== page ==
Saving you from daylight savings hassles

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  • Updated 7 months ago
Daylight saving time doesn’t seem to have many fans these days – the EU is ending it, and a bunch of other countries and dozens of U.S. states are trying to do the same.

But, for now, it is still practiced in many places in the world.

If you’re in charge of payroll, and oversee employees in a region where it's practiced, you need to ensure work hours are being recorded correctly when time changes. If they’re not, you could get into trouble for breaching compliance laws or, at minimum, set yourself up for the hassle of correcting errors after the fact.

The good news is, where Replicon is concerned, you probably don’t have to worry too much about daylight savings. Replicon automatically adjusts a shift's length if it overlaps with a daylight saving time change, based on the time zone the user is assigned.

So, for example, for an employee recording time through punches, if they punch in at 10pm, and out at 6am, and clocks turn back an hour during their shift, the shift will be recorded as 9 hours long, since that’s the number of hours they worked.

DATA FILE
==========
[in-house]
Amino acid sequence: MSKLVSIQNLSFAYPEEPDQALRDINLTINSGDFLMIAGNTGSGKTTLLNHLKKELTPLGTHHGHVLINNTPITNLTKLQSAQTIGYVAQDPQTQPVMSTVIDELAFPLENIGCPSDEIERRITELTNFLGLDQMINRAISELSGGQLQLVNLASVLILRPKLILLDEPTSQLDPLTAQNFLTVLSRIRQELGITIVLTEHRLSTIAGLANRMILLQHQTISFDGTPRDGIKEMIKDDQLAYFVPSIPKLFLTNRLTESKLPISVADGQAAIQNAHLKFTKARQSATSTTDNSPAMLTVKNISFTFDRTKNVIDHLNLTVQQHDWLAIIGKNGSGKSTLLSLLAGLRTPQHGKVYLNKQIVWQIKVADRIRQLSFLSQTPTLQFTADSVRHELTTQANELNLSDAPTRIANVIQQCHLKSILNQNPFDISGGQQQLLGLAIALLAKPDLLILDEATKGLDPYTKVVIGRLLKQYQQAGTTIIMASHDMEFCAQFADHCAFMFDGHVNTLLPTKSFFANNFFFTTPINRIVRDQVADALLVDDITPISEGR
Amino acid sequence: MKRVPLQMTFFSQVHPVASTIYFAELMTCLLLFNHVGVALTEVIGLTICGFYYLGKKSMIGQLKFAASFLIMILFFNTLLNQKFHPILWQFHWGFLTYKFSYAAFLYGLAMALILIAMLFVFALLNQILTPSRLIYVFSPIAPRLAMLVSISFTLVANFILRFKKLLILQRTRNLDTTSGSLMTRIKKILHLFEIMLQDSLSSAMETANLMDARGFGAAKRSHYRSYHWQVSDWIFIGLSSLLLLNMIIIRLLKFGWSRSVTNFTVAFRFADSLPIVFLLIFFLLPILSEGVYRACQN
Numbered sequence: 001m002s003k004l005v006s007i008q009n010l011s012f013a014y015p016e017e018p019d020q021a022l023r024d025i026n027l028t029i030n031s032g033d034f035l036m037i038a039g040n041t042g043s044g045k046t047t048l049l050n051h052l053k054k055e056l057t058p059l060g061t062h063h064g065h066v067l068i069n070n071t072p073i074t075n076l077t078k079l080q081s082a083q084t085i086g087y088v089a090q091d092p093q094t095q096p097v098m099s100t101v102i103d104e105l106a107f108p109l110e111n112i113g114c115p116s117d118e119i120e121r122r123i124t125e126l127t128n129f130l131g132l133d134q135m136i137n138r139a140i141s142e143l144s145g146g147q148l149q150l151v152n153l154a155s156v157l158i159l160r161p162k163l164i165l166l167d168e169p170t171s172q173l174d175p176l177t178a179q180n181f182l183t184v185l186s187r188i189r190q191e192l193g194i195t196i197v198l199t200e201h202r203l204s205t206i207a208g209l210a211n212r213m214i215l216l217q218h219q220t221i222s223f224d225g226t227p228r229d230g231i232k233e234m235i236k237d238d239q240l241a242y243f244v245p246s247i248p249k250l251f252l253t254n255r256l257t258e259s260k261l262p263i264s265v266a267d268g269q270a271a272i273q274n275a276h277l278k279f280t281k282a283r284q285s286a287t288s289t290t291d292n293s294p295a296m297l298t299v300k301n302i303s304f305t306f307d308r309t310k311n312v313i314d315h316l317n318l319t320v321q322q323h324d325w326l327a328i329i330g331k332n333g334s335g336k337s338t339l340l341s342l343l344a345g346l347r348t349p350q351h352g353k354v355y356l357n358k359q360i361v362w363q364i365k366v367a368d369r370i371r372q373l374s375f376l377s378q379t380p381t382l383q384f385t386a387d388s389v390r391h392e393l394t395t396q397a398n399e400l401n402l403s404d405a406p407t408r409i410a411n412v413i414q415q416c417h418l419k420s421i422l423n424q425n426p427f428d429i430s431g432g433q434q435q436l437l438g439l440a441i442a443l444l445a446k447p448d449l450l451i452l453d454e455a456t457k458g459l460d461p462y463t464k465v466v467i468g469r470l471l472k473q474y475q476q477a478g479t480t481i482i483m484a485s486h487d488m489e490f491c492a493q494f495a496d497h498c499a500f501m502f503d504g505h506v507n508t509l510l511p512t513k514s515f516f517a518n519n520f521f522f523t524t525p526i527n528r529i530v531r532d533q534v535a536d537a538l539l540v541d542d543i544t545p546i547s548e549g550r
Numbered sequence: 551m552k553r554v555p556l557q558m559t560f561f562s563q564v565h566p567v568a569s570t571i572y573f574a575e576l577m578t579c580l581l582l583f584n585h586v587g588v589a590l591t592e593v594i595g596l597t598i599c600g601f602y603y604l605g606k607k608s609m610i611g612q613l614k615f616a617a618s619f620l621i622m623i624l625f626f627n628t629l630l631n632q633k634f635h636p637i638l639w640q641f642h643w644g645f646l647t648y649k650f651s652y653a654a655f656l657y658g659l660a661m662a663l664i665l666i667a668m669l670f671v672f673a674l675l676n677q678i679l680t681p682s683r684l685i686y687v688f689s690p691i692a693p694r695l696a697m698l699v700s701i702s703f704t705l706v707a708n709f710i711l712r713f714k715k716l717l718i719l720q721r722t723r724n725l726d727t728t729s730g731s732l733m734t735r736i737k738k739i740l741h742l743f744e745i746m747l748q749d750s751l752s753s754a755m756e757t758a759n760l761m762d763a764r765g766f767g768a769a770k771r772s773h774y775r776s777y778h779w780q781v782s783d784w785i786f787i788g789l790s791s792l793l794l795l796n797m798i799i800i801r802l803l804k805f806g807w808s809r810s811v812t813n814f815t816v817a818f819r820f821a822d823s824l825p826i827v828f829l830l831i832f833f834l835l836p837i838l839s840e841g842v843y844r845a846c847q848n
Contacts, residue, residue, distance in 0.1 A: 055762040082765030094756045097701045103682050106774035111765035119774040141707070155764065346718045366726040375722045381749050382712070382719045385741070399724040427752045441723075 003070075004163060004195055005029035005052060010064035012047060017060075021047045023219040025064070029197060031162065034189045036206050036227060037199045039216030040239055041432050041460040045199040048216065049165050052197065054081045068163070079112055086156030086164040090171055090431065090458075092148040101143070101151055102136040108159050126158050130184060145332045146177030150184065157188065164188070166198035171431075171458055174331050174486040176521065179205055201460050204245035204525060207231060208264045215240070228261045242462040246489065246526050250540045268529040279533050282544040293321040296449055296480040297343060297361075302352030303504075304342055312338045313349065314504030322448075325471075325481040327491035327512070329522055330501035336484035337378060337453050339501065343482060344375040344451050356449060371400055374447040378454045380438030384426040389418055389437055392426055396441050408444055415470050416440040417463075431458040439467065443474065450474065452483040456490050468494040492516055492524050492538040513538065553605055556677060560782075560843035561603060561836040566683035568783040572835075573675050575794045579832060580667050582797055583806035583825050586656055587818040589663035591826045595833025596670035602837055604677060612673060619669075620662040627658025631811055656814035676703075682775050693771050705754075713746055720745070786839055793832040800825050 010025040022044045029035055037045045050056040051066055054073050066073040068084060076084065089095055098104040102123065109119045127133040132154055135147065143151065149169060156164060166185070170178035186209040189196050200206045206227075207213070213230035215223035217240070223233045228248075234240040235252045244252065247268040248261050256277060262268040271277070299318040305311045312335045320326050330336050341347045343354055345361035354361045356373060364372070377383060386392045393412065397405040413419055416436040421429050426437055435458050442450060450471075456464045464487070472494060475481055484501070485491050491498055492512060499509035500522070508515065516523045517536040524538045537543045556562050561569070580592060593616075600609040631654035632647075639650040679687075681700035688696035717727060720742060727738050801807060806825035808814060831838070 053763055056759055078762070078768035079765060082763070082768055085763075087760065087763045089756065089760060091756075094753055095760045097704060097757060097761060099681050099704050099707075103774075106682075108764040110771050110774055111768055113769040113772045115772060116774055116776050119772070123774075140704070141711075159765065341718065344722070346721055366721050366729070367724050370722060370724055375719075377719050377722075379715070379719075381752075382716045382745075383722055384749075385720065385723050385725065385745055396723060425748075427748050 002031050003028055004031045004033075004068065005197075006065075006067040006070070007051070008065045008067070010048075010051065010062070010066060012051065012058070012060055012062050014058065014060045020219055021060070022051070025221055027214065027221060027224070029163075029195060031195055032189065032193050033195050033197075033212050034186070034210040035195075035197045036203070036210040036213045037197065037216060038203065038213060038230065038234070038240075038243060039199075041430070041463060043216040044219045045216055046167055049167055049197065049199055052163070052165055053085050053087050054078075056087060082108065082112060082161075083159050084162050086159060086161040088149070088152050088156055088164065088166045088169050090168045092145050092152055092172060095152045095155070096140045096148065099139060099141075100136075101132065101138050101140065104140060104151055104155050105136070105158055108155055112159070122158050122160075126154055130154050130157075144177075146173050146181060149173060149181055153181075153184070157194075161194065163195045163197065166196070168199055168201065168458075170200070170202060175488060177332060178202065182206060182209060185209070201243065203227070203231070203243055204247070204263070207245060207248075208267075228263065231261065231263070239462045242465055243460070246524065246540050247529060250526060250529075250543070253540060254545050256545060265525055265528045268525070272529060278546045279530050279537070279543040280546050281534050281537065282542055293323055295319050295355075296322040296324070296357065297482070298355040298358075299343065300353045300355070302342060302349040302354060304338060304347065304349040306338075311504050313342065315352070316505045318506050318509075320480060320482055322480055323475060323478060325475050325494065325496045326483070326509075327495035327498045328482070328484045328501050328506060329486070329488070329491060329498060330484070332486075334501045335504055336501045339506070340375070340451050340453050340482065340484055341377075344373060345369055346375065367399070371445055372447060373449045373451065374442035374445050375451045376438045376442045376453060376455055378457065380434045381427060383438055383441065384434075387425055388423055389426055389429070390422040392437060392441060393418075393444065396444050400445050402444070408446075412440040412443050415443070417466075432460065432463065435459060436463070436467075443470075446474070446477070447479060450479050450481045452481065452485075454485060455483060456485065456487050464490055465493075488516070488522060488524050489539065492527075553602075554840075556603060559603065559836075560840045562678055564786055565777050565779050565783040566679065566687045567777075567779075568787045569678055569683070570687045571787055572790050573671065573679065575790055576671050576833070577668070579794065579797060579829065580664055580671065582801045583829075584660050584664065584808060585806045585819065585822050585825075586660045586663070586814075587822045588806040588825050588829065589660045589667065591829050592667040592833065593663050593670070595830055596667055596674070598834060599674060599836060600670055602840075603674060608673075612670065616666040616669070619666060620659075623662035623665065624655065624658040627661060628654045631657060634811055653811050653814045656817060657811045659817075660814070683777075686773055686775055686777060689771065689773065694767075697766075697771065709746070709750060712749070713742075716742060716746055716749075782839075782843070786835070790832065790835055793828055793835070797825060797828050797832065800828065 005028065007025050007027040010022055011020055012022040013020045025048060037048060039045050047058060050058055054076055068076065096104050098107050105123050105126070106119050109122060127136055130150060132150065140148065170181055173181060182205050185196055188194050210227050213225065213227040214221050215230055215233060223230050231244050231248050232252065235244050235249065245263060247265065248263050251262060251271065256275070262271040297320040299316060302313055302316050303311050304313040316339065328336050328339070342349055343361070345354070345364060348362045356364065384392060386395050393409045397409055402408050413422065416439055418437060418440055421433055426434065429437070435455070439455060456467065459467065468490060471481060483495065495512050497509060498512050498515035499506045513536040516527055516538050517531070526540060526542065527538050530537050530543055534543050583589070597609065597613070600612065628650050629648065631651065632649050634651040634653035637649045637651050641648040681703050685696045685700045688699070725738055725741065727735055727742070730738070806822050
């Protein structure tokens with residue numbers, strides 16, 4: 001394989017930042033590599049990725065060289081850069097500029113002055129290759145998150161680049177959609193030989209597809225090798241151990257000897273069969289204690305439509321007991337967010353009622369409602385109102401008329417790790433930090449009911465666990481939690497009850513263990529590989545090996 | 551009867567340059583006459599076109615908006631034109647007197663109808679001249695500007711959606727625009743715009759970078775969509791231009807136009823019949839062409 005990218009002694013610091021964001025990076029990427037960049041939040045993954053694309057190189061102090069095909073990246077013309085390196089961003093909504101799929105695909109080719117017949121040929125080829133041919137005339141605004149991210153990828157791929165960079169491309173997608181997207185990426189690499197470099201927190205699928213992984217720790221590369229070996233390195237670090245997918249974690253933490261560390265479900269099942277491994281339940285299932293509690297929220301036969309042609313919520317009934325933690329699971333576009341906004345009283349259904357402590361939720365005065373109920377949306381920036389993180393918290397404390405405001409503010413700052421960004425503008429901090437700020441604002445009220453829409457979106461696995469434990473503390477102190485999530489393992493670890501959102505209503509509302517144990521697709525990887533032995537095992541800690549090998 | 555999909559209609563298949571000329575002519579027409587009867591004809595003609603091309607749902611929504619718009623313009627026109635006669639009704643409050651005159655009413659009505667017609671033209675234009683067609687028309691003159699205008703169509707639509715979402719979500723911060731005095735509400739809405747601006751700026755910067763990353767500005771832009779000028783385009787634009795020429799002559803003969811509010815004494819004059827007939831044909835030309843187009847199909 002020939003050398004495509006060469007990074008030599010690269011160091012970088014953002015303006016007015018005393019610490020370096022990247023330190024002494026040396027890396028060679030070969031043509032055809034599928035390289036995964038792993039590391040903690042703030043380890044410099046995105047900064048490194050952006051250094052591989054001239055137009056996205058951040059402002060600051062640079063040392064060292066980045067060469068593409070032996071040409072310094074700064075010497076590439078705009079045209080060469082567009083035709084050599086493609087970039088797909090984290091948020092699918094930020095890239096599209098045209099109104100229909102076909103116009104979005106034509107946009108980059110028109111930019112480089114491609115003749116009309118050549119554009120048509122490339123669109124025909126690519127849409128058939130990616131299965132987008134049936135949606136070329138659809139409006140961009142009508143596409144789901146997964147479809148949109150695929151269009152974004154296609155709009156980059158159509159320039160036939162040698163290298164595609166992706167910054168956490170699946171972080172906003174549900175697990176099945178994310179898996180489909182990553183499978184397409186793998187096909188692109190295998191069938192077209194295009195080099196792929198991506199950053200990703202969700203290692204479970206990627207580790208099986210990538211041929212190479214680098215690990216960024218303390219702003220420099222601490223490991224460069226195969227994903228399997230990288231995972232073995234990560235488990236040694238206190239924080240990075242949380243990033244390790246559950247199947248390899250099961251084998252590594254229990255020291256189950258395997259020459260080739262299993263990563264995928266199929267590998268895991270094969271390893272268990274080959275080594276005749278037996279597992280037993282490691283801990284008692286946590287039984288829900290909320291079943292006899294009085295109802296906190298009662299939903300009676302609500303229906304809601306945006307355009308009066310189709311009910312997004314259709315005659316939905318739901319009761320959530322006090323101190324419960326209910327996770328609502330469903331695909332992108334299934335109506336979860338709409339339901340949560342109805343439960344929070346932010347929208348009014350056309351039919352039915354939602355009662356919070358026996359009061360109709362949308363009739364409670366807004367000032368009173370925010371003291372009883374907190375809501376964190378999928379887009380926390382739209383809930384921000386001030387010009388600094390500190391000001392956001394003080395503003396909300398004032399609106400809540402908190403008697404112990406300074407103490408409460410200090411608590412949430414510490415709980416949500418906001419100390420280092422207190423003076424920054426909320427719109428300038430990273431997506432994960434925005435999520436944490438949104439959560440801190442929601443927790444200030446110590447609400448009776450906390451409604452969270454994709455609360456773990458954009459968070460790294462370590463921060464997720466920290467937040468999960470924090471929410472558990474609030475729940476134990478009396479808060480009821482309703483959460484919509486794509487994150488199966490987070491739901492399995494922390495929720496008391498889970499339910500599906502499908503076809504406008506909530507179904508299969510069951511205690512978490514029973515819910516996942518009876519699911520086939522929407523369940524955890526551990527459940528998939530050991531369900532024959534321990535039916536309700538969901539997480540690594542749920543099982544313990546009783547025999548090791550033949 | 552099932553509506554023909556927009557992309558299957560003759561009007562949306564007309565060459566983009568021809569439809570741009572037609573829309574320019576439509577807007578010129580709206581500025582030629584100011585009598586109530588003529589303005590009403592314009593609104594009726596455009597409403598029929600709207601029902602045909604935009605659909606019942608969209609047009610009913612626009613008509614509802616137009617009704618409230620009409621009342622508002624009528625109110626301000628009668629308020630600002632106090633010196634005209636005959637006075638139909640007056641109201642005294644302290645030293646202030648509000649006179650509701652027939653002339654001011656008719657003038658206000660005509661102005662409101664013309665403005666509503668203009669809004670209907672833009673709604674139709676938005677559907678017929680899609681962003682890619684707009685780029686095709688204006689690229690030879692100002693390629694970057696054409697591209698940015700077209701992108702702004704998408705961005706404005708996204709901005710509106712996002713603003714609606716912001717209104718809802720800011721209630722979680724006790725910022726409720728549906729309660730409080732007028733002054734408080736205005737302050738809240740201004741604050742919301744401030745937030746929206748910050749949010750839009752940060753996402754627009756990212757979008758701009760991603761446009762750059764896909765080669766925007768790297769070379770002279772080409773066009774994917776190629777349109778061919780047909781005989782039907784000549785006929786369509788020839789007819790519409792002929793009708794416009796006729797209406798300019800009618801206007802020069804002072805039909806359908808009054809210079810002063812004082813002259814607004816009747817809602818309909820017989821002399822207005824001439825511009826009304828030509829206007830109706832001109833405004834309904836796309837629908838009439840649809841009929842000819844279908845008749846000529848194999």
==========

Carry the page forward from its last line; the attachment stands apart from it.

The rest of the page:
And, to warn you that times shown will not add up to the actual segment duration, a clock icon displays between in and out times or punch pairs whenever daylight savings alters a segment length.



But, what happens if an employee records an in/out time during the time change hour? Well, we’ve got that scenario covered, too: 

  • During the spring change when an hour is lost, if a user records an entry that falls between 2:00 am and 2:59:59 am (the missing hour), we’ll automatically correct the time. For example, 2:30 am will be updated to 3:30 am.

  • During the fall change when an hour is repeated, if a user manually records an entry that falls between 1:00 am and 1:59:59 am (the repeated hour), in configurable timesheets, the user will see a prompt, asking if the entry falls in Daylight Savings (DT) or Standard (ST) time.

    For example, 1:30 am could be 1:30 DT (the first occurrence of that hour, before the time change) or 1:30 ST (the second occurrence of that hour, after the time change).



Note that, for punch users, we know exactly when the punch was made, so no prompt is required. And, if an employee records durations worked, time changes aren’t an issue, since a duration is the total hours worked and isn’t affected by time changes.

So, you can rest easy! Until that too-early alarm goes off in the Spring, anyway...
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Paula Tannahill, Technical Writer

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Posted 7 months ago

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